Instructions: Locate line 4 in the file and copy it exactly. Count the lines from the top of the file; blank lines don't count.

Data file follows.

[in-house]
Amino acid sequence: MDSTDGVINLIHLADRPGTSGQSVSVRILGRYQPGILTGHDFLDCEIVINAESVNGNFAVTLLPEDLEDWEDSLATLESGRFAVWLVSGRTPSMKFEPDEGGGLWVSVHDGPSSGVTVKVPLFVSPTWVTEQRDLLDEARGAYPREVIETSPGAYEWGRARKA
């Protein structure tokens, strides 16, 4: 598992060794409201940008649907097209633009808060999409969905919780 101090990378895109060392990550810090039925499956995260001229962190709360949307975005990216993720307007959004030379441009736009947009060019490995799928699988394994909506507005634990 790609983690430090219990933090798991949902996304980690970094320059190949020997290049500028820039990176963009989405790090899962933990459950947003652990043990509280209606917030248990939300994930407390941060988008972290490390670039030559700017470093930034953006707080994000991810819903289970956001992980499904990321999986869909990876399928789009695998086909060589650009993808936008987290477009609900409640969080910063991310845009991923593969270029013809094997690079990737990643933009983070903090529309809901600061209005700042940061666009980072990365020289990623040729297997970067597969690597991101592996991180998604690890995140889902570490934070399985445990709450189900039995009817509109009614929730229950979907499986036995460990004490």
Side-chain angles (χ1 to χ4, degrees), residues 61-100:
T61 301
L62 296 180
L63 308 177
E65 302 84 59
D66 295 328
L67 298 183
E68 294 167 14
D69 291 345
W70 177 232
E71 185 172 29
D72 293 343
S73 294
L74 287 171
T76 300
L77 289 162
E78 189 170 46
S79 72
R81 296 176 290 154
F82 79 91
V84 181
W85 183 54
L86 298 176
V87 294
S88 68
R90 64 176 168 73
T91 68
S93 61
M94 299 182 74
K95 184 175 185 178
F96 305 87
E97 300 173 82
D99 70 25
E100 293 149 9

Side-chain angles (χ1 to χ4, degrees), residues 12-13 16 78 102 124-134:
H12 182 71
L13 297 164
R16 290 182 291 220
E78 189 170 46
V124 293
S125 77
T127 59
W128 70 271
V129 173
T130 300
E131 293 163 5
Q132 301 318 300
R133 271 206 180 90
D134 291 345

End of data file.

Side-chain angles (χ1 to χ4, degrees), residues 61-100: